Volumatic advises businesses to support consumers as more turn to cash to help them budget

02 August 2022

New research conducted by ATM network LINK has found that millions of households in the UK are turning to cash instead of card payments to help them survive the cost-of-living crisis.

One-in-10 shoppers are looking to keep a tighter grip on their spending in an effort to save money and stick to their budget and have discovered that using cash is the answer.

And with these figures set to increase as the cost-of-living crisis continues to worsen throughout 2022, cash-handling experts Volumatic are advising businesses to take note and be ready to accept more cash payments again.

Many retail and hospitality businesses ‘turned digital’ during the pandemic, convinced by misinformation that cash somehow helped to spread the virus, and moved to only accepting card payments.

But while many of these businesses are now accepting cash again - especially after confirmation from the WHO that cash posed no greater threat in the spread of COVID than cards or mobile payments – there are still some businesses who are not accepting cash, which means they could find themselves out of pocket and out of favour with customers as the year progresses. Out of the 2,000 adults surveyed by LINK, almost a quarter said they were unable to use coins or notes in a shop and forced to use a card because the business simply refused to accept cash.

As Volumatic discovered when they conducted research in the cash industry for their white paper published last year, consumers are still very much demanding a choice when it comes to making payments. Even those not reliant on cash and not needing to use it to manage their spending do want to retain the option to make certain purchases using cash, alongside card and other digital payments.

Advice for businesses

The importance of businesses offering consumers the choice of how to pay was also highlighted earlier this year by the Cash Census survey, conducted by the RSA, which found that currently only around 20% of the population are fully opposed to using cash payments. Which raises the question as to why certain businesses seem determined to remain cashless?

While it could be argued by those businesses who have gone cashless in the wake of COVID that they are simply trying to save money by avoiding cash processing and CiT costs, they should also consider that the cost of card payment fees is also continuing to rise to extortionate levels. Since Brexit, EU laws that capped fees charged by card payment providers disappeared and that means companies who are cashless will face higher and higher payment fees for card transactions, which means excluding cash seems rather unjust.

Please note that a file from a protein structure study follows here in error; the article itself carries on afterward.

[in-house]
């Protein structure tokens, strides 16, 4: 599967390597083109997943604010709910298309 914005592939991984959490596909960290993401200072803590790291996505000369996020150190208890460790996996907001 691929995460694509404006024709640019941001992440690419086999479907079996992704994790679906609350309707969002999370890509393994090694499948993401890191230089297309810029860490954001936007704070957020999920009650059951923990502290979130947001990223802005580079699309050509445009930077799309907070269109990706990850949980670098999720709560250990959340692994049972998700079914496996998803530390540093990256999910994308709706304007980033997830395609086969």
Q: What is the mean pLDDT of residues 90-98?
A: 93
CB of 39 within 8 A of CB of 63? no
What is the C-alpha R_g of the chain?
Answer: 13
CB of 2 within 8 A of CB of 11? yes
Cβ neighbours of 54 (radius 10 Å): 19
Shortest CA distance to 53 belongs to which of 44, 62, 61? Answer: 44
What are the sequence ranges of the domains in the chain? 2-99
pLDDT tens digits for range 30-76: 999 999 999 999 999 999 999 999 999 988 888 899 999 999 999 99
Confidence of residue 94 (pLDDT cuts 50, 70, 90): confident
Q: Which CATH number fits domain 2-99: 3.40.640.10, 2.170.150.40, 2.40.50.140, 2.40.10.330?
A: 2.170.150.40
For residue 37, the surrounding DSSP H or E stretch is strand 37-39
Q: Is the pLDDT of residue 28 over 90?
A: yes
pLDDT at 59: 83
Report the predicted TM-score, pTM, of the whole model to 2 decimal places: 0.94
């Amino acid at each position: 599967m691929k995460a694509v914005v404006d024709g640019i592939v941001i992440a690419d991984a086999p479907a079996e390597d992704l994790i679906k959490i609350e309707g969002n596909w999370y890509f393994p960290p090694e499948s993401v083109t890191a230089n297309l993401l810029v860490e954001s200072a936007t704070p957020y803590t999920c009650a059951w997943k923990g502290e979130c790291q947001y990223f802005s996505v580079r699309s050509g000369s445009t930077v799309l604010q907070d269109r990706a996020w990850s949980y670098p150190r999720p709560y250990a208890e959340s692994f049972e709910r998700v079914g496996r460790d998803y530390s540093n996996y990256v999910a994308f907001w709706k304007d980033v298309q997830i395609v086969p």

Cash handling solutions can help

Accepting cash really doesn’t need to be feared or avoided. Cash is safe, convenient and beneficial to so many people and gone are the days when businesses had to rely on manual cash counting or lengthy cash reconciliation processes at the end of each day.

Volumatic can provide a number of cash handling solutions to suit any business that handles cash, from our simple range of CountEasy money counting scales to our innovative all-in-one solution, the CounterCache intelligent (CCi) - a secure storage device, cash counter and forgery detector in one discrete device, meaning staff only touch cash once until it reaches the bank. In addition, all cash data is instantly available to the staff or head office for reconciliation purposes, making life easier for everyone.

Volumatic MD James Harris said: “Although discussions about the UK becoming a cashless society have been circulating for many years, the reality is that cash is here to stay and so we would urge businesses to be listening to consumer demand. We’re not against card or digital payments, but we firmly believe cash has a place alongside these and consumers should be given the choice, and lots of industry research, including our own, supports this.

The cost-of-lining crisis is impacting us all in so many ways, but businesses should be finding ways to support customers rather than potentially turning away customers just because they want to use cash. Cash still has an important role to play in society, not only helping people to budget but also for those who are more dependent on cash, especially the elderly and vulnerable. Businesses risk alienating more and more customers when they need more help than ever, and at a time when the retail and hospitality industry may also struggle as more and more people tighten their belts, it doesn’t make commercial sense for any business to be refusing cash payments.”

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